White, black, yellow, blue, violet, red - all the different colours undu
lated together in the distant background like the watery movements o f
the ocean, like tiny multicoloured shells o f wonderful beauty. At that
moment, the spectacle suddenly vanished, giving way to a darkness that
spreadfro m the enormous cupola to the innermost depths. The people
present, who could be counted in thousands, were swallowed up in the
darkness. Everyones existence, w ithout exception, was effaced by the
extreme darkness, and they became as voiceless as if the shadows and
shapes had disappeared...

When I became conscious o f an actual glimmer o f light, I was

able to make o u t... a range o f opaque colours.
Above: Emperor
Yellow, mauve, dark blue... All o f a sudden, the
Meiji, c.1880.
Right: Tokyo, 1890. mist disappeared. Far off, on an expanse o f
Left: Battersea greenery stretching out by the sea, sparkling
Reach from Lindsey under the hot rays o f the sun, a handsome young
Houses, a London man came in sight, wearing a yellow tunic and
scene by James
W histler, 0.1864.
accompanied by a beautiful woman enveloped in
a violet robe w ith long, billowing sleeves... She
sat down in a marble seat in the shade o f an olive
tree. The peaceful sound o f the orchestra came
across the distant sea, its thin notes continuing
without a pause.

The whole hall trembled at the same time. They

had not disappeared in the darkness. In this darkness
they were dreaming o f Greece, which was all sweet
ness and light.

long dress, constantly ran a lawnmower over the grass. This garden, still Soseki had attended a performance of Shakespeares Twelfth Night, set
so clear in my memory, was now swallowed up by thefog, and there was in the ancient Balkan coastal region of Illyria. It was the mirror image of
nothing to distinguish it from the boarding house where I was staying, modern Tokyoite yearnings for some other Japan. Just as use in English
disused and deserted, with the houses all in one unbroken line. of the word bucolicrocketed upwards during the rapid industrialisation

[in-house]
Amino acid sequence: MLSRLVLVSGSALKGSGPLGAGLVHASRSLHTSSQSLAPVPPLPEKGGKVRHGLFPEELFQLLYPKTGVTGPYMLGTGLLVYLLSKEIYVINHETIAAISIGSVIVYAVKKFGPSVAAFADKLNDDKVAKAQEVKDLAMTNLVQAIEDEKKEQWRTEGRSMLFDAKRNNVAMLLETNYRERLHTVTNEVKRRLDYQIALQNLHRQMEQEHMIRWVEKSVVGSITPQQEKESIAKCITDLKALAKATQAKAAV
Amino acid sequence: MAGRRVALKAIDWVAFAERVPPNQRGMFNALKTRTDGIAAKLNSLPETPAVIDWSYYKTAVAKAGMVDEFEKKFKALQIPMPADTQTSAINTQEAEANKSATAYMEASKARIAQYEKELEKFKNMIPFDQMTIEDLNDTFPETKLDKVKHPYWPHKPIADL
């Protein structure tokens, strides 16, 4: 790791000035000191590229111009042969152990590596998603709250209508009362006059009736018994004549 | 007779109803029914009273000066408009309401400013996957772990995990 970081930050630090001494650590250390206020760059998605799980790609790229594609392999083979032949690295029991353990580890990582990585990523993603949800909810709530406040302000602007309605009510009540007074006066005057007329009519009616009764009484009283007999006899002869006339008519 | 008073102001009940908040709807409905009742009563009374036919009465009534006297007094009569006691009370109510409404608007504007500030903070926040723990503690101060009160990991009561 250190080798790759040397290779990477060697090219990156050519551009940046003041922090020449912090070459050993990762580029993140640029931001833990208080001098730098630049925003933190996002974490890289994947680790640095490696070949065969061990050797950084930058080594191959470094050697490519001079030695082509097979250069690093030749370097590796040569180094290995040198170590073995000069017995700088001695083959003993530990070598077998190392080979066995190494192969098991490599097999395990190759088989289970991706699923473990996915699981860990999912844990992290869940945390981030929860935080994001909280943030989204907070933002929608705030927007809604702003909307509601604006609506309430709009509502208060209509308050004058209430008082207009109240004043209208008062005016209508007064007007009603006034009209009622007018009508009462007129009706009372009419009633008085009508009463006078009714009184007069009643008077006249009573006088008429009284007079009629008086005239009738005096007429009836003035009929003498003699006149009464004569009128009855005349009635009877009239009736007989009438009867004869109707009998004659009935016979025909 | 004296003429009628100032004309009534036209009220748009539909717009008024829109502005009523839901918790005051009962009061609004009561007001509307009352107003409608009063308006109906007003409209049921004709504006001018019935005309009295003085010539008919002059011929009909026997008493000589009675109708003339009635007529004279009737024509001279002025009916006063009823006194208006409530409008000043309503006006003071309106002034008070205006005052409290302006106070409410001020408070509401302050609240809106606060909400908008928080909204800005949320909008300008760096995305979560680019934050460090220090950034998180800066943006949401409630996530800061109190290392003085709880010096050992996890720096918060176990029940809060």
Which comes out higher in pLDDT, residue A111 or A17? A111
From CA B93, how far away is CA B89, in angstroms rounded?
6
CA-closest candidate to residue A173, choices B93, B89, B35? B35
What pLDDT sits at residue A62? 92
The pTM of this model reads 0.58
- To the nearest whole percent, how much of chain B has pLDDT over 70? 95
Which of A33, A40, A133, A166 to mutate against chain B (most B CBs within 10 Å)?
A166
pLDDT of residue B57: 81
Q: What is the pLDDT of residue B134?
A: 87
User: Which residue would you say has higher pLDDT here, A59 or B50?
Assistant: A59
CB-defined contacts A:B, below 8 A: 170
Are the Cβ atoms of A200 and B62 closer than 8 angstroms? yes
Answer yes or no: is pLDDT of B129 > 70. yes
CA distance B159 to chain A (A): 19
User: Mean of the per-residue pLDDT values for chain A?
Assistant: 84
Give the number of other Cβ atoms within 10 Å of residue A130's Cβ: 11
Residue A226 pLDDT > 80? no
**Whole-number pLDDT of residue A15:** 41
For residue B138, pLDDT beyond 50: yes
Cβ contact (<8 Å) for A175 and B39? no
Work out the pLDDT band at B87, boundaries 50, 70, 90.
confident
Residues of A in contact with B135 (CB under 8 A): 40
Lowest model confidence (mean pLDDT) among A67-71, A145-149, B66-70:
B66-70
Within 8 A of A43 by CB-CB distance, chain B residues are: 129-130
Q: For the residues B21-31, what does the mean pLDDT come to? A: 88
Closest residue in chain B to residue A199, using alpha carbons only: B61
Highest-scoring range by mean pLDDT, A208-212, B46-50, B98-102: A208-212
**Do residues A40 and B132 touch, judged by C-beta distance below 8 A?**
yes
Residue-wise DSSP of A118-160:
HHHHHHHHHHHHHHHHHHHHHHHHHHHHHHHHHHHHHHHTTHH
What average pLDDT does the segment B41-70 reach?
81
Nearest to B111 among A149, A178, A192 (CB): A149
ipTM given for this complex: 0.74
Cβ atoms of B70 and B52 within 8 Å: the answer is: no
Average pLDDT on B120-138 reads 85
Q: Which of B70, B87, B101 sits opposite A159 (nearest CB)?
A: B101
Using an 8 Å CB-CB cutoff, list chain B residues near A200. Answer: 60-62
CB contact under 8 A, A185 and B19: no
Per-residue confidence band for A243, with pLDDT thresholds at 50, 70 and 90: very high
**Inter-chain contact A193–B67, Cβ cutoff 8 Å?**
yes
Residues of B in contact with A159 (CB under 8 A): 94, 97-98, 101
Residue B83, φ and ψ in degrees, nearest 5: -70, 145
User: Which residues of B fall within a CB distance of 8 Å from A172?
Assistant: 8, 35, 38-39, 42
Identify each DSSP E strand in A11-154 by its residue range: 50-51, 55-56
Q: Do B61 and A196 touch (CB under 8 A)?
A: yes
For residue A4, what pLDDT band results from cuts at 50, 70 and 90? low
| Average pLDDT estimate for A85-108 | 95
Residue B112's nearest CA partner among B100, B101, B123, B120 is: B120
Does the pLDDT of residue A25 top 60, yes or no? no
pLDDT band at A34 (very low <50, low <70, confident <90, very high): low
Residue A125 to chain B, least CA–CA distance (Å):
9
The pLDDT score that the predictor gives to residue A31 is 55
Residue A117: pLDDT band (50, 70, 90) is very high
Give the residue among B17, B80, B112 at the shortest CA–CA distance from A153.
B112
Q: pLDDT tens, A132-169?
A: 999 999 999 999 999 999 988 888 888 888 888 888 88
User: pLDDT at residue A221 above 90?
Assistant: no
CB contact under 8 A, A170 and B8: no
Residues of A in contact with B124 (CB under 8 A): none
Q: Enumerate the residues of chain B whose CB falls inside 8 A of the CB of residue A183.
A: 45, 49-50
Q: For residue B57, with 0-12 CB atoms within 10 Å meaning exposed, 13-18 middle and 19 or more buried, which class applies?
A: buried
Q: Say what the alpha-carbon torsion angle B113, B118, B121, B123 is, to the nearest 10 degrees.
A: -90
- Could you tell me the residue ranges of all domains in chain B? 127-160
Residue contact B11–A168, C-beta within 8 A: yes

of the middle of the 19th century, so in Japan artists and psychothera
Soseki recalled being trapped alone in the dank dining room of that pists, ethnologists and philosophers busied themselves from the t88os
boarding house, which the sunlight never seemed to enter, as the lady onwards with fantasies of idylls elsewhere.
of the house made her entrance: These often took the form of variations on a theme of a simpler past,
[She was]fa r beyond any fe m in in ity ... All the human weaknesses - collective values and a physical environment untouched by noisy ma
bitterness, envy, obstinacy, rigidity, doubt - m ust have taken a delight in chinery, purposeless rush and architecture of inhuman scale. Time itself
playing with that face to give it that ill-favoured appearance... Turning could be remade. It would no longer be something linear, measured in
her black eyes towards the narcissi withering in the glass vase, she [said] tasks or in the tick-tock of the now ubiquitous clock. Instead, it should
that England, a cold and cloudy country, was not a pleasant place to live. be cyclical, like the seasons. For Japans first and most famous ethnol
No doubt she intended to point out to me that in this country even the ogist, Yanagita Kunio, such time ought to be capable of (re)shaping
flowersfailed to bloom. the whole mentality of a Japanese folk, who would live well without
progress or productivity or international competition, or any of the
Soseki felt sorry for the Londoners around him as he was hustled and other modern concerns urged on them by politicians and bureaucrats.
bustled along the citys streets by faster, taller counterparts: But just as Soseki lambasted the sloganeers Japanese spirit, so he
Everyone walking along the pavement overtook me - even the women. had little time for such archaic fantasies. For him, modernity was not
Placing their hands on their waists and slightly raising their skirts, they an unwanted western gift that could simply be returned. Nor was it a
hurried along with their high-heels tapping the pavement so sharply state of affairs either to be enjoyed for its opportunities or resented as
a corruption of an earlier form of life. What he seemed to see in that
JANUARY 2017 H IS T O R Y T O D A Y 33

London theatre was that to be modern was to learn to live with being w ithout losing ones balance. These two forms o f self-centredness
simultaneously pulled in a variety of directions: hungry for the future could not be more different.
yet attracted to the past; living and working collaboratively with others,
in ever larger conurbations and institutions, yet anxiously concerned OSEKI GAVE HIS SPEECH at the same time that his greatest